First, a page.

by Hugh Morris, The Telegraph, December 12, 2017
Every winter a freshwater lake in north-eastern Thailand turns pink with blooming Red Lotus flowers.
The phenomenon, known as the Red Lotus Sea, at Nong Han Kum Pavapi in the Udon Thani province, lasts for three months, from December to February, and draws visitors from across the country and world.
This year’s aquatic flowers have just begun to conjure a vibrant pink carpet on the lake, which is 15km long and 5km wide, according to the Tourism Authority of Thailand.
“The perfect time to see the red lotuses in full blooming is in the morning from 6am to around midday,” a spokesperson said.
“Tourists can hire a boat to see the red lotuses up close and enjoy the natural scenery of the fresh water resource filled with a variety of fish, birds, wildlife and aquatic plants.”
The tourist board is offering half-price passes on a half-day tour of the Red Lotus Sea to anyone who presents an AirAsia boarding pass when buying a ticket.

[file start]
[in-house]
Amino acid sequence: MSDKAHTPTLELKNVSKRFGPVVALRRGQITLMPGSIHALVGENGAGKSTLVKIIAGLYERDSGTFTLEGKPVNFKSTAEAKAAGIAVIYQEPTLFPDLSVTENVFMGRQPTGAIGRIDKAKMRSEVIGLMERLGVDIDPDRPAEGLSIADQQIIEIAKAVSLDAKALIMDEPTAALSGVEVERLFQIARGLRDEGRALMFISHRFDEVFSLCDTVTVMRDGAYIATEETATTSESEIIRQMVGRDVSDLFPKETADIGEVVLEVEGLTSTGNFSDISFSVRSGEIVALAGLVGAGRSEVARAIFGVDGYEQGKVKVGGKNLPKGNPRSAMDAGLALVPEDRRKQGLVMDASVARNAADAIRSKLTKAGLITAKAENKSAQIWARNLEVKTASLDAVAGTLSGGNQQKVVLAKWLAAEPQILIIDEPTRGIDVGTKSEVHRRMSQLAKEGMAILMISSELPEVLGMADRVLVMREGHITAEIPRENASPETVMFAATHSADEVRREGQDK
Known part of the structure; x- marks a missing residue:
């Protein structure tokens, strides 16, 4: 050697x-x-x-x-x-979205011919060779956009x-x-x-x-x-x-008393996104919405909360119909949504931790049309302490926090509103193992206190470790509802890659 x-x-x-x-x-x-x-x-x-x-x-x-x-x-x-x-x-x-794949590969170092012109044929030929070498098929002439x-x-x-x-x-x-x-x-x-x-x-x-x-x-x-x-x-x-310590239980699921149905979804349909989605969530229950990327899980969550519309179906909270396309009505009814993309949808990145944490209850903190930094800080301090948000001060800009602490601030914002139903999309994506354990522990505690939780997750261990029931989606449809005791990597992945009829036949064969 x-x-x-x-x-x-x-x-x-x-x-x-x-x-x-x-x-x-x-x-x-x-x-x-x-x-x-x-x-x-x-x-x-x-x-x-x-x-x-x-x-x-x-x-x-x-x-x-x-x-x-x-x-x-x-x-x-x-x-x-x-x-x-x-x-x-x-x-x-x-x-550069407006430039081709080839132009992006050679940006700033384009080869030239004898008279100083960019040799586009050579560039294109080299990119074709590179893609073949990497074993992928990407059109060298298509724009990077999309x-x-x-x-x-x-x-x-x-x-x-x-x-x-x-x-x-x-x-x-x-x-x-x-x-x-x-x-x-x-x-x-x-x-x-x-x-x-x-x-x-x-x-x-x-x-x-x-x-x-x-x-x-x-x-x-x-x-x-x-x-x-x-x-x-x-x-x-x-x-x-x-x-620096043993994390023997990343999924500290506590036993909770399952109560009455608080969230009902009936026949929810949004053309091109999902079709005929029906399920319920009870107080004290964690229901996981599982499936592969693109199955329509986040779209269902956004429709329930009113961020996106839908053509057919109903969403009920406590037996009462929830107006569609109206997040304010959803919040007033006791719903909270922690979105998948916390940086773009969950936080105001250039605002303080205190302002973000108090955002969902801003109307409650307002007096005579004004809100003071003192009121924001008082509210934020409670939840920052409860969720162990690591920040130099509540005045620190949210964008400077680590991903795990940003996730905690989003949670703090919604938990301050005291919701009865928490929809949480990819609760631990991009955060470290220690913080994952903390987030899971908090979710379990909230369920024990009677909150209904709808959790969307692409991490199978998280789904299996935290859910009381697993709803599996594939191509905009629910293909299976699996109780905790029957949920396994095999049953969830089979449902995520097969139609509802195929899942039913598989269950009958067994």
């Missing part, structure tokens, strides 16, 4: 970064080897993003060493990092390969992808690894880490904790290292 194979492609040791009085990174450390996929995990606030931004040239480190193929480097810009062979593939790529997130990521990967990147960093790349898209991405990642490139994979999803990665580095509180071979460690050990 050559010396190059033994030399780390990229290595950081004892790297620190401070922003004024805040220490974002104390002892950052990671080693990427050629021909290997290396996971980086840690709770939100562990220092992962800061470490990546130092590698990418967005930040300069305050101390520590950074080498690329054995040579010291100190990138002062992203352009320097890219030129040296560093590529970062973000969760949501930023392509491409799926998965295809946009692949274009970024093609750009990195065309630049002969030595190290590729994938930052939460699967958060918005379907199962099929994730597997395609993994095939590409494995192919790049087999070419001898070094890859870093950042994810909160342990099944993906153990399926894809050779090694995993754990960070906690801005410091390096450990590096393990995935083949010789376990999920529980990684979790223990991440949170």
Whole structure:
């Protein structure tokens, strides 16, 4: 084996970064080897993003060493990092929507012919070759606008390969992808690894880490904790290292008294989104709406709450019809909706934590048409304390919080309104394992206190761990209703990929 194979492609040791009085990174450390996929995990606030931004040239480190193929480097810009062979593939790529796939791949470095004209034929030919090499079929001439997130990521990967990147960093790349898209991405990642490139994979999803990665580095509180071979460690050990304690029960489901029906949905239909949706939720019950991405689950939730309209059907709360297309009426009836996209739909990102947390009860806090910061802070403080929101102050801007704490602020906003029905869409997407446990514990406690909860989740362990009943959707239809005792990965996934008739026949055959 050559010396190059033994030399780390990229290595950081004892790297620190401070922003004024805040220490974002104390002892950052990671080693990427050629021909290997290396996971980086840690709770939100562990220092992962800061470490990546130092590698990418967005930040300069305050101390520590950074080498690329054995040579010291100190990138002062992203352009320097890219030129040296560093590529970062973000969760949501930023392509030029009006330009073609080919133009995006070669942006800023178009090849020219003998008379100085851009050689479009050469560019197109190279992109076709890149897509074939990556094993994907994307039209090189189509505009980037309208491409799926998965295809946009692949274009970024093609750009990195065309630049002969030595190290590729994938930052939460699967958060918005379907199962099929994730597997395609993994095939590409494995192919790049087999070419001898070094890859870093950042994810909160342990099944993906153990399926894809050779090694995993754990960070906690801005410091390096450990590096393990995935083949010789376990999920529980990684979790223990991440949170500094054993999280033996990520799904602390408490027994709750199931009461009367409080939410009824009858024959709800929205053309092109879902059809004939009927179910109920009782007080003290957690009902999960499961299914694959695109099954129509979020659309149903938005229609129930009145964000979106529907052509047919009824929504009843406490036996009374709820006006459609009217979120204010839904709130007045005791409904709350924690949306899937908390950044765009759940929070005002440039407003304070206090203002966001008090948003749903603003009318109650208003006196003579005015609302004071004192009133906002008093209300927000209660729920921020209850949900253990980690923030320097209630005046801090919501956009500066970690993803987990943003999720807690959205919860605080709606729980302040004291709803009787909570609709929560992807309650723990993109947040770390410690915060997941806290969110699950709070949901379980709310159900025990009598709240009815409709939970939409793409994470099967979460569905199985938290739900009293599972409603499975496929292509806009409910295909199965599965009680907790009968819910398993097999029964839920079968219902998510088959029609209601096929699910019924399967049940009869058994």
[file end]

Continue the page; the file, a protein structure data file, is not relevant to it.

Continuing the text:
In addition to the Red Lotus Lake, the region boasts the archaeological wonders of the Unesco-protected Ban Chiang, where the world’s first Bronze Age civilisation is believed to have flourished more than 5,000 years ago.
The province can be reached by bus, train and air, with daily services from Bangkok’s main bus and rail terminals and Don Mueang International, Bangkok.
Fans of colourful landscapes should consider, too, a trip to Lake Natron, Tanzania, where the salt and soda combine to create a blaze of cracked magenta. The water is, however, deadly and calcifies any animals that have the misfortune to dip their toe in its fiery shores.
Then, of course, there is the 400,000-odd pink moss flowers of Shubazakura Hill in Japan, where the flowers create 17,600 square metres of pastel patchwork between April and May.